20 April 2015

Significant Digits, Chapter One: Frontloading Mysteries

Chapter One: Frontloading Mysteries

Ninety percent of everything was terrible. This was also true for people: ninety percent of them were dumb.

Reg Hig contemplated this unhappy fact as he stared at a copy of the Daily Prophet. The headline read, UNITY APPROACHES. Underneath, a smiling duo of clear importance were dipping their heads in identical bows before a dozen witches and wizards in trailing robes. The Tower and the Goddess, adding another country to their growing global hegemony.

It was tempting to crumple the paper in one angry fist, or perhaps to burn it into theatrical ashes. But he intended to scrutinize the lead story carefully, and he was certainly not going to buy a second copy of this propaganda sheet. The Daily Prophet had been a mouthpiece of the British ruling class since the time of his grandfather, and it was no different these days, now that a new Dark Lord and Lady had taken control.

It was almost comical the way each new Dark Lord followed the same playbook. The first step was to eliminate the main opposition, through assassination or spellcraft. The second step was to stack the local Thing (in Britain, it was the Wizengamot) with their followers. The third step was to take control of the leading newspaper. And last of all, almost as an afterthought, they would take over the local Ministry of Magic.

Still, Reg thought, it certainly made sense to use a tried-and-true method. History showed the wisdom. At the height of the Reign of the Eleusinian Mysteries, Sulla the Fortunate marched on Rome and took power by force, wresting it from the Optimates in the name of the Muggle masses. He ruled with absolute power. Forty years later, a successor did the same thing, championing the Muggle cause in the Senate and seizing power by force. Twenty years after that… well, you get the picture.

All else equal, a winning move would stay a winning move... until and unless you changed the rules. That's why the third successor of Sulla the Fortunate had quietly murdered all of his opposition, and had launched centuries of tyranny. Augustus Caesar had decided to change the rules, and he had done so with admirable effectiveness.

Reg stood from his desk chair, walking to the fireplace. He stamped his foot on a bright-green bellows at the fireplace entrance, barely breaking stride as he stepped into the flare of green flame and said, "Westphalian Council."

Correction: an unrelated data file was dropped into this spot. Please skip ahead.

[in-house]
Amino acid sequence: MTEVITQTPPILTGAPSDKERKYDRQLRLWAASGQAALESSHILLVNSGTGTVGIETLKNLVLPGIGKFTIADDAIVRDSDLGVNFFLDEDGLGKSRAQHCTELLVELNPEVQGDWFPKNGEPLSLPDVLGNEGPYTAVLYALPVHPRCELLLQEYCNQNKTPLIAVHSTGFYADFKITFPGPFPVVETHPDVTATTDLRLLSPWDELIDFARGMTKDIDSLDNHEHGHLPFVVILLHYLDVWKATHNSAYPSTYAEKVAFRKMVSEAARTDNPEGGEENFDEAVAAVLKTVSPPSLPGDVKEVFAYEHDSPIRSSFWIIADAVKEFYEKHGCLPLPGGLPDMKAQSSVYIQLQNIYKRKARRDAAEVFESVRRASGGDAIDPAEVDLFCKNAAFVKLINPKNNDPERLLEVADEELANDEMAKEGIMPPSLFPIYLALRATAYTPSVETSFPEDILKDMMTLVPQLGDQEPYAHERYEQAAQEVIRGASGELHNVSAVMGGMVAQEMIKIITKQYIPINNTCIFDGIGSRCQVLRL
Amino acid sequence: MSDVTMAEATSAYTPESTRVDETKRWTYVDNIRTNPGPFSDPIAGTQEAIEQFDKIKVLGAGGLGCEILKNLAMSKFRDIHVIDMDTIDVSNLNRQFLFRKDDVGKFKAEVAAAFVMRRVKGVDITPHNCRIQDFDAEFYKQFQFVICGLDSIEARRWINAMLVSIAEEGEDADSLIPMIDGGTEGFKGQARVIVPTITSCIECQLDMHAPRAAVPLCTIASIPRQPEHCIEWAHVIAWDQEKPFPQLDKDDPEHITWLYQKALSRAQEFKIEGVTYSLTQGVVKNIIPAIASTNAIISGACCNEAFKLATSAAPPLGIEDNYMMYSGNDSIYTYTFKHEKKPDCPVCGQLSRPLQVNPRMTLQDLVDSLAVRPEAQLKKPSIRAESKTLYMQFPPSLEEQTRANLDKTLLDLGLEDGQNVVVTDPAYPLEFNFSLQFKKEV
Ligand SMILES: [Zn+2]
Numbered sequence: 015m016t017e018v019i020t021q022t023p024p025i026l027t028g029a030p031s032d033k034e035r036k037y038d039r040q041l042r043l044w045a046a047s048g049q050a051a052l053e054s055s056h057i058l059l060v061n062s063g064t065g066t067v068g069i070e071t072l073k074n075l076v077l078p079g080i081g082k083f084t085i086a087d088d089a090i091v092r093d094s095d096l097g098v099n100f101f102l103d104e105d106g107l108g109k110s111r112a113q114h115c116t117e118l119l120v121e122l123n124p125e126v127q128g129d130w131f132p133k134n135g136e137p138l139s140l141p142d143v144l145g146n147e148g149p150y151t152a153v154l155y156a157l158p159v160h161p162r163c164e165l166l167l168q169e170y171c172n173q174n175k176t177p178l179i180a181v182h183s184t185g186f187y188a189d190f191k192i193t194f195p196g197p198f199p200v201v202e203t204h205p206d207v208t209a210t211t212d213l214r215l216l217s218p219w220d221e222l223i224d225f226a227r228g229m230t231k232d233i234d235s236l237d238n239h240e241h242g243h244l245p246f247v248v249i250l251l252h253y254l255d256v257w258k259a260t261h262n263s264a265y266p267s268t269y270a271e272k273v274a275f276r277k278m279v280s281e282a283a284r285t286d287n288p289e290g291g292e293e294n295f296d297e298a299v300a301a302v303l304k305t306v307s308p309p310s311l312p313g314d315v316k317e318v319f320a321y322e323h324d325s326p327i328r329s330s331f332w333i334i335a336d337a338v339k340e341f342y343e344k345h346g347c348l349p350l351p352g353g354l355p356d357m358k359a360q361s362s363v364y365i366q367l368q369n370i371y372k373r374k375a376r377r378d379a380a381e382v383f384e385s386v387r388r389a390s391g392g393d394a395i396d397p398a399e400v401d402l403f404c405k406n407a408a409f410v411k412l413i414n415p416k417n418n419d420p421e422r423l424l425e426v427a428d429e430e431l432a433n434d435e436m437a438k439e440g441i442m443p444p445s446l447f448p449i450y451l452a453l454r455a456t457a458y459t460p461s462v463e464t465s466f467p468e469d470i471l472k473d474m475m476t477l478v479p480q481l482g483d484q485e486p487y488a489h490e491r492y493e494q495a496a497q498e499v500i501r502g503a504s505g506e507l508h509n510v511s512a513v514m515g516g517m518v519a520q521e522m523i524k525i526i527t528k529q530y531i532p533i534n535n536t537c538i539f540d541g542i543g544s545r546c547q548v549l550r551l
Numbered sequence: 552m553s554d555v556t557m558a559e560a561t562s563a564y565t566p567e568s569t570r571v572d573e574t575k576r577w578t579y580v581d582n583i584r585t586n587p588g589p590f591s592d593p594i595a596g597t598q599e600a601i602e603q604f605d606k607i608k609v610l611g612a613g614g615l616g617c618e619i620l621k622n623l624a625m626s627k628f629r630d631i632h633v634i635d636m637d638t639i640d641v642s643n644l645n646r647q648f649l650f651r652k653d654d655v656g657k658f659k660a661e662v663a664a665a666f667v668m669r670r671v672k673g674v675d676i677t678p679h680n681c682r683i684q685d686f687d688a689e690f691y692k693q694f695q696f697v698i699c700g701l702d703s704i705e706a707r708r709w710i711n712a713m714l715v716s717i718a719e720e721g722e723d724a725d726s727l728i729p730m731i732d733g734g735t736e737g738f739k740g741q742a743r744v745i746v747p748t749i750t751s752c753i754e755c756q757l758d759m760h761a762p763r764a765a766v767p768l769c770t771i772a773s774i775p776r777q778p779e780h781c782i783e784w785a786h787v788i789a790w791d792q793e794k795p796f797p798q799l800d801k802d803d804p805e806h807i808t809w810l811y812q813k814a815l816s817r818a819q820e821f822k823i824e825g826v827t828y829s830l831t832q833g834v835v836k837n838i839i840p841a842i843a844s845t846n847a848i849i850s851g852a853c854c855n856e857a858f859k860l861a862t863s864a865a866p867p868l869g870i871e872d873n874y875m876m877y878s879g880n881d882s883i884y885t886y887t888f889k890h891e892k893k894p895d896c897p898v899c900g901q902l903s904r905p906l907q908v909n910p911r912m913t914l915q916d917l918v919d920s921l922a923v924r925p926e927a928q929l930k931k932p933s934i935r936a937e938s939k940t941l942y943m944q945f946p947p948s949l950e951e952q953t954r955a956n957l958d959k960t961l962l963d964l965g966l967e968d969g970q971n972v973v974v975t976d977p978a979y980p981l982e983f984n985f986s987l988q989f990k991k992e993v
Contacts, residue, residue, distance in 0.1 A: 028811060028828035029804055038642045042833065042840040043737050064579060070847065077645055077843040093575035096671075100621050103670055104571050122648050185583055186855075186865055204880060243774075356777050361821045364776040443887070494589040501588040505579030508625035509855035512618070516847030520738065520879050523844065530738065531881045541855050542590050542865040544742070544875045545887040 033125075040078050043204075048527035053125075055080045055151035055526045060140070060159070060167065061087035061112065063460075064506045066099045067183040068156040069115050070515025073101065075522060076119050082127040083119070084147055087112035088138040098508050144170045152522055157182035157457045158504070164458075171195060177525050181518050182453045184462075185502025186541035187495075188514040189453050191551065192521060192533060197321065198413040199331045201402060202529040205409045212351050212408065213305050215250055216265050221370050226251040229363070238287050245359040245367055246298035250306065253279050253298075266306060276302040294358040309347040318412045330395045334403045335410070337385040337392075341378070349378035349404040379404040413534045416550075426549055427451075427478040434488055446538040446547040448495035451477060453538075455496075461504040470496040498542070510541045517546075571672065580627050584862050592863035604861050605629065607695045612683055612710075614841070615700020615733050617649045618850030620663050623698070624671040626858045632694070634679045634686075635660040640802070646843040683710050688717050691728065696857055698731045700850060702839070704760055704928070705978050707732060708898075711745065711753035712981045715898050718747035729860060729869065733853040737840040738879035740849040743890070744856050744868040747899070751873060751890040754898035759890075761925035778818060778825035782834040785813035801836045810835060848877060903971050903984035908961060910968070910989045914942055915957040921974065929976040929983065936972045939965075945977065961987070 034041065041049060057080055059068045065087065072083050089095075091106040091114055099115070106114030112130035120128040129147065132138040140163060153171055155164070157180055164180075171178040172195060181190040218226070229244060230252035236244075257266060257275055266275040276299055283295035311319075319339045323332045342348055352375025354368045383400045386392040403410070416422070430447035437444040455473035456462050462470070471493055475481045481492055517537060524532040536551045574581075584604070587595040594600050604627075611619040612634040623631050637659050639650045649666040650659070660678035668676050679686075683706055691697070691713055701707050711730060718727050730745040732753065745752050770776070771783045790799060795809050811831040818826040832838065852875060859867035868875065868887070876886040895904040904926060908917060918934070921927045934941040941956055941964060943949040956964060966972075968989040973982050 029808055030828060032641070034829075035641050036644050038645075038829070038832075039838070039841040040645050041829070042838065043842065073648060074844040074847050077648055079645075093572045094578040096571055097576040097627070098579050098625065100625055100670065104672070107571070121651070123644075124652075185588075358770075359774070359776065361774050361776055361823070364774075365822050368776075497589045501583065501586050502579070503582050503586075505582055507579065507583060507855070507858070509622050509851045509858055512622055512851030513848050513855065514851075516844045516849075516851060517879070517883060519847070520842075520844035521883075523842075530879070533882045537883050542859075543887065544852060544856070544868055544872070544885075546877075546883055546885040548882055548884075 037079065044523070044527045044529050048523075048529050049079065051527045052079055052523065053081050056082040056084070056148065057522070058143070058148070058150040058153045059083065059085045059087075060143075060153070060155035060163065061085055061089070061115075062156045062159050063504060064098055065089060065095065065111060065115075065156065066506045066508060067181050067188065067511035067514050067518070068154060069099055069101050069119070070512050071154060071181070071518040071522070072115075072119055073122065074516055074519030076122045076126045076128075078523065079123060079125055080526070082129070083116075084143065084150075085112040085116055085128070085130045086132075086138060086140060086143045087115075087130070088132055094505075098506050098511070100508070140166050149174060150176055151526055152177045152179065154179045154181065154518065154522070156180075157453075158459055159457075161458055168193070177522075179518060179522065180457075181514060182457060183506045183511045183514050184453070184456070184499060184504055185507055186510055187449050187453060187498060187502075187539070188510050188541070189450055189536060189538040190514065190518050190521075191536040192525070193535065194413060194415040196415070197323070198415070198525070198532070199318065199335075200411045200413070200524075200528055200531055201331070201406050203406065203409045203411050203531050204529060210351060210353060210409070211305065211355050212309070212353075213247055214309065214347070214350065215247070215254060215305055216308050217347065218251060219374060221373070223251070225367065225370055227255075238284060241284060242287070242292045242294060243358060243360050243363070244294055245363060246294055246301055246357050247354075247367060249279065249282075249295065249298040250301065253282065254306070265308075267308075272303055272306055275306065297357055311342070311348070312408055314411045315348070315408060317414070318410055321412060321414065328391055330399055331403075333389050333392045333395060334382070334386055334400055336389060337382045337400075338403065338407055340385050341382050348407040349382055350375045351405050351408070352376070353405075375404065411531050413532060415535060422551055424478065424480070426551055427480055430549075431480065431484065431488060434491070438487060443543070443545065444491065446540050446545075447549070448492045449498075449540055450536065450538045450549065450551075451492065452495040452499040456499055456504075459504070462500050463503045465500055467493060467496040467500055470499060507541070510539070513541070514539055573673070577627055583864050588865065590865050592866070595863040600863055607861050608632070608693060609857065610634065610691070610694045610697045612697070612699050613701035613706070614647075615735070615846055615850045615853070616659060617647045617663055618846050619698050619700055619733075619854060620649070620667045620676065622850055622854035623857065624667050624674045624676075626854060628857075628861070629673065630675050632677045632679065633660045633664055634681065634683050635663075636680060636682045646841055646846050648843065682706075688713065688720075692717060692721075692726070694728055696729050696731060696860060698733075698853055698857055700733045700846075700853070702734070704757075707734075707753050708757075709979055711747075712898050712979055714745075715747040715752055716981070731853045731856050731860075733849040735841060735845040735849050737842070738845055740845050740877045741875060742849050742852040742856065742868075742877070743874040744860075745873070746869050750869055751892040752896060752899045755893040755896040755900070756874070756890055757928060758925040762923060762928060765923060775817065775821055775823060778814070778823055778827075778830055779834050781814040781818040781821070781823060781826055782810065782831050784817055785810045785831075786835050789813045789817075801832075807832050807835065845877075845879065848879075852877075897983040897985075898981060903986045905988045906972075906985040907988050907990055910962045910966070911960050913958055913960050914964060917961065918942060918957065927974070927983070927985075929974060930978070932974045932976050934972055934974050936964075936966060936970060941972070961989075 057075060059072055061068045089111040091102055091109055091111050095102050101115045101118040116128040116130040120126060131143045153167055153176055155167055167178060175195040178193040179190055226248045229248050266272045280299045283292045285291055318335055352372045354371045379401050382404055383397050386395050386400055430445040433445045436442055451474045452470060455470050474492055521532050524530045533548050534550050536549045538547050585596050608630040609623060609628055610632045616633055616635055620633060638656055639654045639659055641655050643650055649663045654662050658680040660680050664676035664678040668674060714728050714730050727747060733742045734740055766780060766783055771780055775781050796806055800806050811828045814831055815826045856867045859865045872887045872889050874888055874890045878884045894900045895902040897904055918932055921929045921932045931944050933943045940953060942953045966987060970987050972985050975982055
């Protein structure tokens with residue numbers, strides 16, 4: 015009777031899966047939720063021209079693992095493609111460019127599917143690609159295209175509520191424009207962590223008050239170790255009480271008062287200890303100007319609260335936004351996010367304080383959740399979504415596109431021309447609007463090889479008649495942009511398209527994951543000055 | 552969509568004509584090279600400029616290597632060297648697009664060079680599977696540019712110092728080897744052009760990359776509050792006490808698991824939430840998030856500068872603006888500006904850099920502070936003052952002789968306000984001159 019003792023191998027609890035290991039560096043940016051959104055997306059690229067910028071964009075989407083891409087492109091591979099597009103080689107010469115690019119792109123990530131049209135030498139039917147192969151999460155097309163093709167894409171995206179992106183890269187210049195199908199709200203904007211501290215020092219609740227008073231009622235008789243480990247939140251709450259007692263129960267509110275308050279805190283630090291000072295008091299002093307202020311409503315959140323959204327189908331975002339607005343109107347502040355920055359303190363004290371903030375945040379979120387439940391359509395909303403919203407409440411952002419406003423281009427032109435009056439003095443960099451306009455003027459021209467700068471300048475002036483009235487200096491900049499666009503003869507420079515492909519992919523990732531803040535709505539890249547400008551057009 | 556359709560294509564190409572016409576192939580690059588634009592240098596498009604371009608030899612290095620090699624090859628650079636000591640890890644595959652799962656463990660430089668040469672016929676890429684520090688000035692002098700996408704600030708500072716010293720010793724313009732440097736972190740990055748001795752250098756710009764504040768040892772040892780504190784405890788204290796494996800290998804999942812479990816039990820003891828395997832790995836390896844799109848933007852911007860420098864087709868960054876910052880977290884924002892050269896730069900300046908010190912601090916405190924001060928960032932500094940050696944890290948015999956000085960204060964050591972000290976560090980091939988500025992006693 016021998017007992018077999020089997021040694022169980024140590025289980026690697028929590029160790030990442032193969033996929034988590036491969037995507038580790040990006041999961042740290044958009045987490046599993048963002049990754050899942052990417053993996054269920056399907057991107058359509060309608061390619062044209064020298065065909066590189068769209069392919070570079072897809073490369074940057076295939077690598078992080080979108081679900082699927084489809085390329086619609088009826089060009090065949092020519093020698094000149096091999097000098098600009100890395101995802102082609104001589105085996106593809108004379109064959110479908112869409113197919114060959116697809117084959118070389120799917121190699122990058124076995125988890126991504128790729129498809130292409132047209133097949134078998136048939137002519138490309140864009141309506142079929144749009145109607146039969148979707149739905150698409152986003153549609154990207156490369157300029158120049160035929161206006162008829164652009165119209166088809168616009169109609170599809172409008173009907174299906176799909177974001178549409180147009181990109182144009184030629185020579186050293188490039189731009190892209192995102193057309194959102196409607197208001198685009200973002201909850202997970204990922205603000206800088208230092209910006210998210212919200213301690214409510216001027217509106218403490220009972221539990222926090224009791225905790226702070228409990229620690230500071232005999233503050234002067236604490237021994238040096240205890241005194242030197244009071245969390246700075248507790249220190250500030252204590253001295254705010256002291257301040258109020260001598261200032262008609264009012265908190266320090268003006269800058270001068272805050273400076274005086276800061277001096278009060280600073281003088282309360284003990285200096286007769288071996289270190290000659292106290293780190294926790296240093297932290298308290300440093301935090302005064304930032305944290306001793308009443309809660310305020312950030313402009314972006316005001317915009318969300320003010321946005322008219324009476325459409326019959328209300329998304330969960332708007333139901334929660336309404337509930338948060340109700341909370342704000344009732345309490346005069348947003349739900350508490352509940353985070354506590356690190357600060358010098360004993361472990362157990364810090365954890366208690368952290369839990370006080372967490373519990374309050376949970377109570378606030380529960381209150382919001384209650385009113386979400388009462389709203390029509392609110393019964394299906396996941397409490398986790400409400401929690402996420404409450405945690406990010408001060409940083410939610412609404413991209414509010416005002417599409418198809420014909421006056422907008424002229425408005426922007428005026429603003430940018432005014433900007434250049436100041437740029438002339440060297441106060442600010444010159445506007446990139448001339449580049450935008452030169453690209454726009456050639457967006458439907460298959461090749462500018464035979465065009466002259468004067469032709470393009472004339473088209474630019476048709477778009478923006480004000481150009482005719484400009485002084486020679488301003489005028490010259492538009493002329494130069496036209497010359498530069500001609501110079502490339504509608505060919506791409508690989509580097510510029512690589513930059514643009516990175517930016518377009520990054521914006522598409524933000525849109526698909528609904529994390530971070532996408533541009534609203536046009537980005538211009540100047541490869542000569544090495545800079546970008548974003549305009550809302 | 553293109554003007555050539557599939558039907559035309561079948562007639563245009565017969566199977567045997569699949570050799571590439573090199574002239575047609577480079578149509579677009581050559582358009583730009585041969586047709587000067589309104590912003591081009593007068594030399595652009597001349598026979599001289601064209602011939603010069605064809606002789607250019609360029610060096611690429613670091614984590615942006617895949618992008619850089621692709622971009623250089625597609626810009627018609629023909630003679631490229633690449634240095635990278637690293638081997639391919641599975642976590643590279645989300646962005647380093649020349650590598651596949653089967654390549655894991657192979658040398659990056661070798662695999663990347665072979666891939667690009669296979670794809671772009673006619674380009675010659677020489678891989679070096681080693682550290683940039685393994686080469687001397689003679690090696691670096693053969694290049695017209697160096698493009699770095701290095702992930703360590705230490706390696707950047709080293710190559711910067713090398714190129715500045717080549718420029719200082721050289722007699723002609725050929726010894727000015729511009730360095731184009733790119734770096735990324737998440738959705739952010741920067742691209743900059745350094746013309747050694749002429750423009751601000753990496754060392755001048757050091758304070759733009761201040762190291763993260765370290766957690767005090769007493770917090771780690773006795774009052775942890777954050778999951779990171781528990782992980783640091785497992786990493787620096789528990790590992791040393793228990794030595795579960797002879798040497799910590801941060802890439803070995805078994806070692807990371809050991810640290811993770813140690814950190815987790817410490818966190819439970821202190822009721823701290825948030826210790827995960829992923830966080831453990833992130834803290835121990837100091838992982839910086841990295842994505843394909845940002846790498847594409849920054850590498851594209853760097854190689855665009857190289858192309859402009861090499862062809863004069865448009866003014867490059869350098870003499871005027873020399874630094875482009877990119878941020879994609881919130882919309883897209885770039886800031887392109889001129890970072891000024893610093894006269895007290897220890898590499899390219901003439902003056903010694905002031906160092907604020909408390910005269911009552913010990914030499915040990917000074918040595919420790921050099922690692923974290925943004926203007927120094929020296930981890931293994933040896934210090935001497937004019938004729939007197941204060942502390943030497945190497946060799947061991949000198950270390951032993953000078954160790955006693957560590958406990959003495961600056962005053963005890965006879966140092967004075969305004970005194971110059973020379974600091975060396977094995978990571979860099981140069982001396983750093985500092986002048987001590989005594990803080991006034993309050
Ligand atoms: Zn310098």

There was a brief moment as he walked from the travel room into the council chamber itself. For obvious reasons of security, the Floo network was not connected directly to a place of such power and discretion as the Westphalian Council's meeting chamber, or with the offices of any of the councilors.

Walking into the chamber, through a shower of Thieves' Downfall, Reg saw that there was only one other councilor present, sitting behind one of the tiny desks. Limpel Tineagar was a gangly woman, and she always looked a trifle silly folded up on the little chairs of the meeting chamber. As she leaned forward to peer at a parchment, her limbs seem to be too long and thin. Limpel resembled nothing so much as a robed spider.

"Reg," she said warmly, "how are you this morning?"

"Very well," he replied, walking down the tiers until he was on the level below her. He was almost a foot shorter than her, and if he had tried to take advantage of a rare opportunity to loom over someone by standing next to her, it would have seemed ridiculous to them both. Power should not be obvious.

"I assume you've heard of the French capitulation?" she asked, her tone less cheerful. "The cowards fall, one by one."

"That is why I am here," he said. "We must call a meeting, and we must discuss what the Americas will do. Inaction is no longer an option - not with Thing after Thing formally agreeing to the darkest of rituals! If we wait much longer, then it will be too late."

"A preview of your speech?" Limpel asked, her mouth twisting with amusement. She was a cynic, and had no native passion in her. "You rouse me with your stirring words."

Reg frowned slightly, and leaned forward, putting his hands on her desk and looking at her with frank directness. He was not an intimidating man, he knew. Short and ill-favored, he had a broad face with a plum nose and dark eyes. The dense black stubble around his mouth was irregular and resistant to every razor and charm. He was not charismatic and he was not scary.

But he was very persuasive.